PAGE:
Pablo Casals

I took a class in grad school called “Music and the Emotions,” where we debated any number of bizarre topics (like, does music evoke emotions – as most people generally believe – or does music evoke the form of emotions; that is, does a sad song make you feel really sad, or does it simply make you feel the form of sadness?). During one session, I forget why, we listened to various recordings of one of Bach’s cello suites – Mischa Maisky’s, Rostropovitch’s, Yo Yo Ma’s, and Casals’s. It’s always hard to evaluate versions of something when you know one version well. And I, like I think most Bach lovers, know Casals’s version best. (In fact, the cello suites weren’t well known in the early 20th century. A thirteen year-old Pablo – actually Pau – found a version of them in a sheet music store, bought them, and studied them for thirty or so years before making the recording that brought them to the attention of a wide public.) Nonetheless, I argued vehemently that Casals was hands-down the best. I couldn’t – and still can’t – believe that some class members argued for the version of Yo Yo Ma. Now, he’s a very fine player, and the suites will knock you out regardless of what competent player plays them; but the difference between Yo Yo Ma playing Bach and Casals playing Bach is kind of like the difference between Blind Willie Johnson playing the blues and Eric Clapton playing the blues. I argued – and still argue – that Casals is the best, because his versions really are deeper. I got the distinct sense that some of those who were defending the others were doing so because they wanted to have a distinct, cool position. I got that sense because I’ve felt and acted that way myself. I remember at about the same time in my life someone’s asking me my favorite Miles Davis album and I went out of my way to avoid saying Kind of Blue, even though I really think that is his best. The lesson: Just because something is thought to be the best is not in itself a sufficient reason for thinking it isn’t the best.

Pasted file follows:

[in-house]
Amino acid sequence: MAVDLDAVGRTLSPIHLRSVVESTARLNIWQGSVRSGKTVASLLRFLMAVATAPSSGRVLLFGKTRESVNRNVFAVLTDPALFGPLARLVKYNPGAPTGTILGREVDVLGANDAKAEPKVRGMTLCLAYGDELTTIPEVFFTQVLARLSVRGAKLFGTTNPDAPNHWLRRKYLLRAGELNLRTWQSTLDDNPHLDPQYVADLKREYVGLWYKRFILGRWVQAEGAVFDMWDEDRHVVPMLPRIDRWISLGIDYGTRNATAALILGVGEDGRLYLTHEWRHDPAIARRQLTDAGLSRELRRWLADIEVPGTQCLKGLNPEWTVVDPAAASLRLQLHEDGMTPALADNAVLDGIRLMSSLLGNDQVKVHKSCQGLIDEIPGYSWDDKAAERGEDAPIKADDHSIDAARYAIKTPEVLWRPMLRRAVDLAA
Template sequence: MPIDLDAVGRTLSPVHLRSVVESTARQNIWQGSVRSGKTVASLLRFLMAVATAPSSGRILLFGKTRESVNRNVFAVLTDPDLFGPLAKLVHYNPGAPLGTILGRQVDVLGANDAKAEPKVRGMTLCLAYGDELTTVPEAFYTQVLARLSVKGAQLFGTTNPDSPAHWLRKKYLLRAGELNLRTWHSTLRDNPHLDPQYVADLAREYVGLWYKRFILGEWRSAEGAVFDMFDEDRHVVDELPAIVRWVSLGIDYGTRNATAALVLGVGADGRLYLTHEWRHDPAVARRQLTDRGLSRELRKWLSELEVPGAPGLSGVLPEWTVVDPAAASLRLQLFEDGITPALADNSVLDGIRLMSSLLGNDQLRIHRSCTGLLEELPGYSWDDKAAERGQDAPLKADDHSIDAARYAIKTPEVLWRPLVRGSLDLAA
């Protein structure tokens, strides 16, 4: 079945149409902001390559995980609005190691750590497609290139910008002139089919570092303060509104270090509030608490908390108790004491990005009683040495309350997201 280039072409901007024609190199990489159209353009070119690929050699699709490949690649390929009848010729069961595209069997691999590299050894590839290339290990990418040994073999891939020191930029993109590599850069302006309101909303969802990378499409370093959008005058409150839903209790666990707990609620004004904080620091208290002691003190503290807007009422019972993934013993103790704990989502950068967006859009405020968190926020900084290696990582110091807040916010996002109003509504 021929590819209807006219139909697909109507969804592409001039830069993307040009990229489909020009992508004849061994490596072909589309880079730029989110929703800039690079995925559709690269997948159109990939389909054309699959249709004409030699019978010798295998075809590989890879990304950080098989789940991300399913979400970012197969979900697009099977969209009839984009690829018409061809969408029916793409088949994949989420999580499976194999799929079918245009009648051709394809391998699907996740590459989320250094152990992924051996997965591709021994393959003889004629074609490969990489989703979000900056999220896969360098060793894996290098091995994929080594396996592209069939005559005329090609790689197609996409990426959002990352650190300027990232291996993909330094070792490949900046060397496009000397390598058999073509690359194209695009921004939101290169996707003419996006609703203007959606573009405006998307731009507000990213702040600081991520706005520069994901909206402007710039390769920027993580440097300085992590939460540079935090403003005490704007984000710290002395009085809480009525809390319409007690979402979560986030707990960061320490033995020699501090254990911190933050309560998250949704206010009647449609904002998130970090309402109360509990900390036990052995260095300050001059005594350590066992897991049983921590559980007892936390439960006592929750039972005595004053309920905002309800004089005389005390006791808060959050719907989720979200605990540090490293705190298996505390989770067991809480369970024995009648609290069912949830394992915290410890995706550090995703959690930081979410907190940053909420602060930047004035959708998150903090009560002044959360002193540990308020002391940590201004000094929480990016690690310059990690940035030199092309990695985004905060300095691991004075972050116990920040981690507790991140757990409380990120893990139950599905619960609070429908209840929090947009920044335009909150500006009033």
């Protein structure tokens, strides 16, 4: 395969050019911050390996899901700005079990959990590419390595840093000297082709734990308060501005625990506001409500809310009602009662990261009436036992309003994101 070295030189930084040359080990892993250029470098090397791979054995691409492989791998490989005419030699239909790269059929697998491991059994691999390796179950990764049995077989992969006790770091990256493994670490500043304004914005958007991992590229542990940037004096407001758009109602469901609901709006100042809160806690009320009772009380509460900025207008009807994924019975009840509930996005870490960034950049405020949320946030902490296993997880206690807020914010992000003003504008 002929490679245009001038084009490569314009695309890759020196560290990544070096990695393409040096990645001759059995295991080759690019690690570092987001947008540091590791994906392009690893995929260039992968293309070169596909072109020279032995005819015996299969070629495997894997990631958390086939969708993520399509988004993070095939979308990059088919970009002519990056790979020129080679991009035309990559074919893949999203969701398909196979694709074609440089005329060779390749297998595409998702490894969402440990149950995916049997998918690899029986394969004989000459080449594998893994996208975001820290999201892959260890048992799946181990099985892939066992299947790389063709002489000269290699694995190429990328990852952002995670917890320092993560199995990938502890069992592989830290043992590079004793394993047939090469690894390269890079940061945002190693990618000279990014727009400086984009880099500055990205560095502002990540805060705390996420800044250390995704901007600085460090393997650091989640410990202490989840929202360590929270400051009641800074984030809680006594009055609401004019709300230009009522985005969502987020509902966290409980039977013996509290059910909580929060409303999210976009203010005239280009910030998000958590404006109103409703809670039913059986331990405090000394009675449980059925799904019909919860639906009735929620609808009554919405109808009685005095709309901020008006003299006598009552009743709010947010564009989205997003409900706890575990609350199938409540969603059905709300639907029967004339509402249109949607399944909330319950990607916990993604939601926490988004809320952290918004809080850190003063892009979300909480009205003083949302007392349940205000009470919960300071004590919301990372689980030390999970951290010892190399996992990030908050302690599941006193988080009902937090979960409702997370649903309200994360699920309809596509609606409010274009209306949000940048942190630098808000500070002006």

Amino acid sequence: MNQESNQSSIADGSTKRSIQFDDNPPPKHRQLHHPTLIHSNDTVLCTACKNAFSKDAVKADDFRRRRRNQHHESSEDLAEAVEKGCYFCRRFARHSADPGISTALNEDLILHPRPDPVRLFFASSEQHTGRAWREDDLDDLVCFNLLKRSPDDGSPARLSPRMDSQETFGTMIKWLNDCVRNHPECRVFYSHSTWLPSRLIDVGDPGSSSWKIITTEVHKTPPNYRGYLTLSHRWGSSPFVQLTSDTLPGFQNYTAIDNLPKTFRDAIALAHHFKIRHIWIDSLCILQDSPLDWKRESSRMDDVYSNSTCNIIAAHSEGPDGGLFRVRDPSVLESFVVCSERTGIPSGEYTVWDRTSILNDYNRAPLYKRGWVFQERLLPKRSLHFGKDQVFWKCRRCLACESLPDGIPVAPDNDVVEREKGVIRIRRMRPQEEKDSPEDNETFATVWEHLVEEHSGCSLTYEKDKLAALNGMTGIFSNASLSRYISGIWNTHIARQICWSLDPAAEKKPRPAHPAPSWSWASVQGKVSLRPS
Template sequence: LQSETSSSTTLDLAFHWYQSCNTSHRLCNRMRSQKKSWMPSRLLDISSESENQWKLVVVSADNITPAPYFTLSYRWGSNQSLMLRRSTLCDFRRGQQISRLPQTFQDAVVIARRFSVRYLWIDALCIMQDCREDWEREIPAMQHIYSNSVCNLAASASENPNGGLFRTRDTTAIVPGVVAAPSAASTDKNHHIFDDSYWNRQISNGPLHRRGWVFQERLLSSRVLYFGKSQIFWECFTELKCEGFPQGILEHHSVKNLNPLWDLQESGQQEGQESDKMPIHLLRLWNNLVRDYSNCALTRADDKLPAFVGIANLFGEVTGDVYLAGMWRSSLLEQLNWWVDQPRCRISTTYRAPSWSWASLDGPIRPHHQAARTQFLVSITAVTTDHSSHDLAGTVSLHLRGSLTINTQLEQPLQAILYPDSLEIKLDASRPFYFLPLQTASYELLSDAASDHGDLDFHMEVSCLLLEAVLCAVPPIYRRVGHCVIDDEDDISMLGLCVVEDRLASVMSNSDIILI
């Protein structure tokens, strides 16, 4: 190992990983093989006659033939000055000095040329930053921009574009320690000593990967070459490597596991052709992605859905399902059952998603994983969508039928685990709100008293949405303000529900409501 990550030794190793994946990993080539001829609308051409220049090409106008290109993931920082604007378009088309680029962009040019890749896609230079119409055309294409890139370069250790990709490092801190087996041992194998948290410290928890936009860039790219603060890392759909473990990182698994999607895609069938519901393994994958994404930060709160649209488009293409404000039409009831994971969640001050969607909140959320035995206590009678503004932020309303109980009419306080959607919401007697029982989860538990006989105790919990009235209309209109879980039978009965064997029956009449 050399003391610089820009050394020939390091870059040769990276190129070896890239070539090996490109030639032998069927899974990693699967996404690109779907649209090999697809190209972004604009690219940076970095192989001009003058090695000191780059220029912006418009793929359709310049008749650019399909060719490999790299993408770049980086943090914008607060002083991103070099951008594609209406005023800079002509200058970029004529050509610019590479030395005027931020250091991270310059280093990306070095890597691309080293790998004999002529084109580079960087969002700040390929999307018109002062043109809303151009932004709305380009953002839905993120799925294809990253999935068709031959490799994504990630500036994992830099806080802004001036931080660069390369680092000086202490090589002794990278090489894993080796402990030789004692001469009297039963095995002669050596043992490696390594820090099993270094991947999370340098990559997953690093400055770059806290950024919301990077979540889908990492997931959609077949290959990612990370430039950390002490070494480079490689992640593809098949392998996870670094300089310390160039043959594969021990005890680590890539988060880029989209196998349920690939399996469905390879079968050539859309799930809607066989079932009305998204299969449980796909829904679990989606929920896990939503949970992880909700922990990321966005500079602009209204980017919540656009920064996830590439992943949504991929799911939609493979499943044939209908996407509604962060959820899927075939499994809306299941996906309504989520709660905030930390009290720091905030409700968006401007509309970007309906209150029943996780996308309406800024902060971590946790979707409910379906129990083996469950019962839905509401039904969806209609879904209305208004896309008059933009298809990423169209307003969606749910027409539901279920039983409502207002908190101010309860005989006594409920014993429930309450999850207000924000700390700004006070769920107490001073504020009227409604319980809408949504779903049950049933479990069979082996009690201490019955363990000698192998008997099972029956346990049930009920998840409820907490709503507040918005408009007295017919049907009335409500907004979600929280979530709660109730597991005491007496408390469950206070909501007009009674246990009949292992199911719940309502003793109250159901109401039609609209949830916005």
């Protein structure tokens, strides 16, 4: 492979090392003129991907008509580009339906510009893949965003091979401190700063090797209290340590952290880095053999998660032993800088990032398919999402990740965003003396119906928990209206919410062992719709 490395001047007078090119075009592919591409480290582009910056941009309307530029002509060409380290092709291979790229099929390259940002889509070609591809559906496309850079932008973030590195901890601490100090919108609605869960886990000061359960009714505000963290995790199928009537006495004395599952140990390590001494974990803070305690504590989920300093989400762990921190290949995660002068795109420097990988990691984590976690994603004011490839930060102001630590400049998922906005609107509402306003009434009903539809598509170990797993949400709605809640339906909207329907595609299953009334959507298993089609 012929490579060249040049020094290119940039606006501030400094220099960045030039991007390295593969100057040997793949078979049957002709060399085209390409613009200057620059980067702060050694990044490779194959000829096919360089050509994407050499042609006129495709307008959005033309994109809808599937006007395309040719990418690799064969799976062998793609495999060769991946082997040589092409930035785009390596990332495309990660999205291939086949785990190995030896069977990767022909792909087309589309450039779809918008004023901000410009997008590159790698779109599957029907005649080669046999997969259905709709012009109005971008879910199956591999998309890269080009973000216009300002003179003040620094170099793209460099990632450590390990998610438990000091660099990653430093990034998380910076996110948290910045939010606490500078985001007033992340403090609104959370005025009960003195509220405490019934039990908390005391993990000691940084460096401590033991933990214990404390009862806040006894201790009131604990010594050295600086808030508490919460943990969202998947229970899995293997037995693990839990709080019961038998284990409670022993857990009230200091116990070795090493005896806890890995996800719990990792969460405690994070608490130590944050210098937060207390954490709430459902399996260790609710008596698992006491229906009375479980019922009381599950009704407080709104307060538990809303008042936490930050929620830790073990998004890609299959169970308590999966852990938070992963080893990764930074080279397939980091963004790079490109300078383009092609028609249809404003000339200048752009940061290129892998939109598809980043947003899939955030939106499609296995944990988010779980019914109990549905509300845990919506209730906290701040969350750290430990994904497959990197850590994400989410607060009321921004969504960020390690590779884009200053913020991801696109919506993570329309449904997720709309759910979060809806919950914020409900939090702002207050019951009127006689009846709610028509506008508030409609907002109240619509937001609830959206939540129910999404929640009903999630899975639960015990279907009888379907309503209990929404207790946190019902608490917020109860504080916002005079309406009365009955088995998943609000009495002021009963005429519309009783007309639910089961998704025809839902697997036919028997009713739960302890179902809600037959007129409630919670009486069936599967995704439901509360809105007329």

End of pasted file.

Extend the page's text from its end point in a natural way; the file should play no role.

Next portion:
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3 Responses to Pablo Casals

  1. Uncle Newtie says:

    The Clapton analogy is cuttingly apt.

    You also introduced me to Starker, whom I had the pleasure of seeing lead a masterclass at Oberlin. My favorite counsel: “good tone is good conscience.” Perhaps the most efficient yet fundamental advice one could give in a mere five words.

  2. Check out this good conscience:

  3. Uncle Newtie says:

    Starker’s demeanor seems to be private in an intimate yet restrained way; Gould private in a unselfconsciously ecstatic way; Ma public in a shamelessly directive way (orchestrating your emotive response so you smugly know how you ought to be feeling at every moment). Ma = middlebrow Muzak.

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